Exercise and a balanced diet help heart failure patients like Karen Nicole Smith maintain a full, active life.
Karen Nicole Smith couldn’t believe it when a nurse told her she should “get moving.”
She had survived a cardiac arrest, was managing kidney disease with dialysis and, on top of all that, she was trying to deal with heart failure.
That nurse knew there is a large body of research showing that physical activity can help people with heart failure reduce their symptoms and live longer. But to Karen Nicole, the idea of starting an exercise program felt impossible.
Heart failure is a serious condition where the heart muscle is damaged or weakened by disease, unable to pump blood efficiently. It can result from different causes; the most common is a heart attack. Karen Nicole’s heart failure was most likely caused by the stress the cardiac arrest and kidney disease placed on her heart.
There is no cure for heart failure but the condition can be managed by adopting healthy behaviours like getting exercise and eating a balanced diet.
“At the time, the idea of being active was scary to me,” says Karen Nicole, 43. Still, at the nurse’s urging, she reluctantly enrolled in a cardiac rehabilitation program close to her Kingston, Ont., home. Cardiac rehab programs specialize in helping people with different kinds of heart disease regain strength.
The program’s physiotherapist assigned Karen Nicole a goal of 4,000 steps daily. The first few weeks were a challenge. Terrified that she would collapse and not be found in time if she exercised outdoors, Smith created a makeshift walking path within the safety of her apartment. Then she clipped a pedometer to her waistband and began pacing back and forth.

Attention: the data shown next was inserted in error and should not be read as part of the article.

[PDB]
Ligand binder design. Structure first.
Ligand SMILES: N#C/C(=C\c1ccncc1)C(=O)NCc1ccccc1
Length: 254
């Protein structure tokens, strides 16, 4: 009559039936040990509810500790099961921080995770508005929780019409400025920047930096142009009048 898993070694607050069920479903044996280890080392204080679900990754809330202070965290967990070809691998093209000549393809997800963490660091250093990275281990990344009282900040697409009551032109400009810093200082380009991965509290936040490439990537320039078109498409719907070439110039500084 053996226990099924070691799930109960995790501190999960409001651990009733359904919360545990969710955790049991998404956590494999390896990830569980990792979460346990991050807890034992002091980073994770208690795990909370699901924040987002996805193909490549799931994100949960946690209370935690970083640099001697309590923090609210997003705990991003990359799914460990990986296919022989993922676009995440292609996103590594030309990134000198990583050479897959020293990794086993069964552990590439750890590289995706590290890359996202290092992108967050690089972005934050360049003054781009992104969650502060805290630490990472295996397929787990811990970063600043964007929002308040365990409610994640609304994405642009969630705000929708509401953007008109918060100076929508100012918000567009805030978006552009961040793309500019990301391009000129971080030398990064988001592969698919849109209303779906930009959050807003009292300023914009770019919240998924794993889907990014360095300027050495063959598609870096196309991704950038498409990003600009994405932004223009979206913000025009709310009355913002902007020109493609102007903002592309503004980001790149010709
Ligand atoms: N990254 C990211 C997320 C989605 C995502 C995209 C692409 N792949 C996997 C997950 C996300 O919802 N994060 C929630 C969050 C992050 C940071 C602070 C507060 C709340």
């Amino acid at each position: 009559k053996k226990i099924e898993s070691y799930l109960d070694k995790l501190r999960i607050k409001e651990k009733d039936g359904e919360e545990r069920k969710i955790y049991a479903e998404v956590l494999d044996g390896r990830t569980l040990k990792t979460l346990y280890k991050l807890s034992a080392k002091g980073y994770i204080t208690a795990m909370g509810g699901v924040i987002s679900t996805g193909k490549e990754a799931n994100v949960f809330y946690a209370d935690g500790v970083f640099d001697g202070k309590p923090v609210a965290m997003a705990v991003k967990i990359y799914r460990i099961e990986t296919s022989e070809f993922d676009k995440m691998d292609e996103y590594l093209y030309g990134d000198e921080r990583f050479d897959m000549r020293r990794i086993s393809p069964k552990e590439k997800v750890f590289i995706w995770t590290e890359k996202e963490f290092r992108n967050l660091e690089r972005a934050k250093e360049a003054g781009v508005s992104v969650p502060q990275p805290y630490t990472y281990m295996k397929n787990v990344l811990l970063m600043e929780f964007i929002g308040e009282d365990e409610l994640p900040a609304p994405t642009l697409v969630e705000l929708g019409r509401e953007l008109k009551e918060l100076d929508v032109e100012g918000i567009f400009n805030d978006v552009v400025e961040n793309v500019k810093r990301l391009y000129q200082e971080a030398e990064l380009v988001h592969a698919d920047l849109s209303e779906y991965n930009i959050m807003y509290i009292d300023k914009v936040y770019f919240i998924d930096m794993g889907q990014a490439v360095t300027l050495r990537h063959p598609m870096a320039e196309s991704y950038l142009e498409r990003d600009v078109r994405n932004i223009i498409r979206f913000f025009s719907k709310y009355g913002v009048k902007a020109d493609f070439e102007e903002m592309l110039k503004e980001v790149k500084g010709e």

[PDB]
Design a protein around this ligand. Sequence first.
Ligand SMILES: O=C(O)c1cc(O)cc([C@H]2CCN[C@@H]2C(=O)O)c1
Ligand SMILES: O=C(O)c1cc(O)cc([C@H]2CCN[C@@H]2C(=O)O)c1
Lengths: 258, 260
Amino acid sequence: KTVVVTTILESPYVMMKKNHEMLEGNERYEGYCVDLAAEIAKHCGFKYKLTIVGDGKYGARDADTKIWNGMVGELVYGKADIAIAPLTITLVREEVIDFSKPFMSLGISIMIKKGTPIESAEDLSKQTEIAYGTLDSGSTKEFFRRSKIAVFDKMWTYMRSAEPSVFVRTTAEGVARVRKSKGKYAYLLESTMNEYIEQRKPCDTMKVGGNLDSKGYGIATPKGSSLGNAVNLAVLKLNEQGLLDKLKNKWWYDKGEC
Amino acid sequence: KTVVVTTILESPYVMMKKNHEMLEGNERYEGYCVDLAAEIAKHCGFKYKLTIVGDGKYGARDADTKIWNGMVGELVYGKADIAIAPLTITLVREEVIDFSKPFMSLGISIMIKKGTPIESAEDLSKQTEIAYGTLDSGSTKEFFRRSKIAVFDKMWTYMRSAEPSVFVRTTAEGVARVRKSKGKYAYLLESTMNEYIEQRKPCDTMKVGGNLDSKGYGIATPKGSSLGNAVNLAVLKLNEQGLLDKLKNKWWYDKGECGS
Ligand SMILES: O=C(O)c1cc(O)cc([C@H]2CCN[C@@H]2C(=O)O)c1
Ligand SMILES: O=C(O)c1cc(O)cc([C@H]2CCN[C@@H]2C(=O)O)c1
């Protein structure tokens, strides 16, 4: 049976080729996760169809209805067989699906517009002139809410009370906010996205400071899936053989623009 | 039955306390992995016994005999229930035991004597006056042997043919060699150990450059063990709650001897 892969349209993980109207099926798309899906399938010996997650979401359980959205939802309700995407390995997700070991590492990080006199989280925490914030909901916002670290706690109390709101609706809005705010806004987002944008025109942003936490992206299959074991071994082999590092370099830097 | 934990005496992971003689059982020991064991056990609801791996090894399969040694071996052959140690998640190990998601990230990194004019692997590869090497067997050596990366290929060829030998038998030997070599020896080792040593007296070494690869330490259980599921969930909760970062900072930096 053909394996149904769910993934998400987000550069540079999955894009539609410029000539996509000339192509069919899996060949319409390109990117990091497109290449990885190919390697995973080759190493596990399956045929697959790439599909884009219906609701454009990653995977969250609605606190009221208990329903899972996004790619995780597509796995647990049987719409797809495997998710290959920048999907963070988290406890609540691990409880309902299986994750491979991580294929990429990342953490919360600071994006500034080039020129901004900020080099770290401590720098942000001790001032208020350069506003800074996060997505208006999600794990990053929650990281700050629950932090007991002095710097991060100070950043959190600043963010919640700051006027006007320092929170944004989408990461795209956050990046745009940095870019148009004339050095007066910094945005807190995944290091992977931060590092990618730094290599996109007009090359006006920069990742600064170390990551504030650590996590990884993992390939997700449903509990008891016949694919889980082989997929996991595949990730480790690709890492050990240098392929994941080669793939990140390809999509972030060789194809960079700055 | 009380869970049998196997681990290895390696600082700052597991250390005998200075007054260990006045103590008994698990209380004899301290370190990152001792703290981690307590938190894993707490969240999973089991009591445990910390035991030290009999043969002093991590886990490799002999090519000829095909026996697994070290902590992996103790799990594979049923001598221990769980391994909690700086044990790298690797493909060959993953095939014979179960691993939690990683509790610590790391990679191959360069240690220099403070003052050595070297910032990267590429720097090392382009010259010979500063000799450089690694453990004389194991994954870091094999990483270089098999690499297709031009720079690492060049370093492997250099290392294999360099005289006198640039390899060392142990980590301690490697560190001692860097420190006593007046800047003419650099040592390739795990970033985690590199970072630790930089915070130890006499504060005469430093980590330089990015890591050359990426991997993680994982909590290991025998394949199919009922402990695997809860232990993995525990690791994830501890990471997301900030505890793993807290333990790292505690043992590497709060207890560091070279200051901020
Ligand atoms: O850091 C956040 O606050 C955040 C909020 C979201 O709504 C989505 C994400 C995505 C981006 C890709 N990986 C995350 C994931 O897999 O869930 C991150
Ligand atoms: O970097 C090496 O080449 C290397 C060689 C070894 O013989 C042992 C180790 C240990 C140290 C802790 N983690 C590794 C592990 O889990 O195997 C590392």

“I was so scared I would fall,” she recalls. “I felt frail and weak. I didn’t feel confident.”
Gradually, with the help of her cardiac rehab team, Smith overcame her anxiety and increased her daily walking goal to 10,000 steps. She now walks or works out at the gym four to six times a week.
She also adopted a low-salt diet rich in vegetables and started doing yoga and meditation to help manage stress and speed her progress.
Four months after Karen Nicole began her lifestyle changes, doctors measured the strength of her heart and found its ejection fraction or EF (a measure of how well the heart pumps blood) had jumped from 21 to 58 per cent. A normal EF is between 54 and 74 per cent for females and 52 and 72 per cent for males.
To be clear, living well with heart failure is a complex journey. Setbacks are common even when you’re doing everything right like Karen Nicole. Nearly 30 per cent of heart failure patients suffer depression. Having some supports in place and knowing that dips in progress are normal can help safeguard a patient’s mental health.
“If your life begins to revolve around your illness you can get depressed. If before your incident you golfed or you spent time with your grandkids or went to yoga, it’s important to come back to it,” she says.
“One of the most important things I learned is that you can be a person with chronic illness and still be quite healthy and active.”
It’s important to trust and follow your healthcare provider’s recommendations for treatment, even when progress seems slow. Karen Nicole describes it as a balancing act between managing the condition and living well.
Hope for the future
Karen Nicole is one of an estimated 600,000 Canadians living with heart failure – a number that is expected to grow as our population ages.
The promising field of regenerative medicine offers future hope for heart failure patients like Karen Nicole. Researchers have already identified how to grow new, healthy heart cells from a patient’s own heart cells. The hope is that injecting these new cells back into the damaged areas of the heart muscle will improve the function of the heart by allowing the heart to repair itself from within.
But until that hope is realized through more research, Karen Nicole is determined to live in the moment while maintaining a healthy lifestyle and positive outlook.
Learn more about heart failure.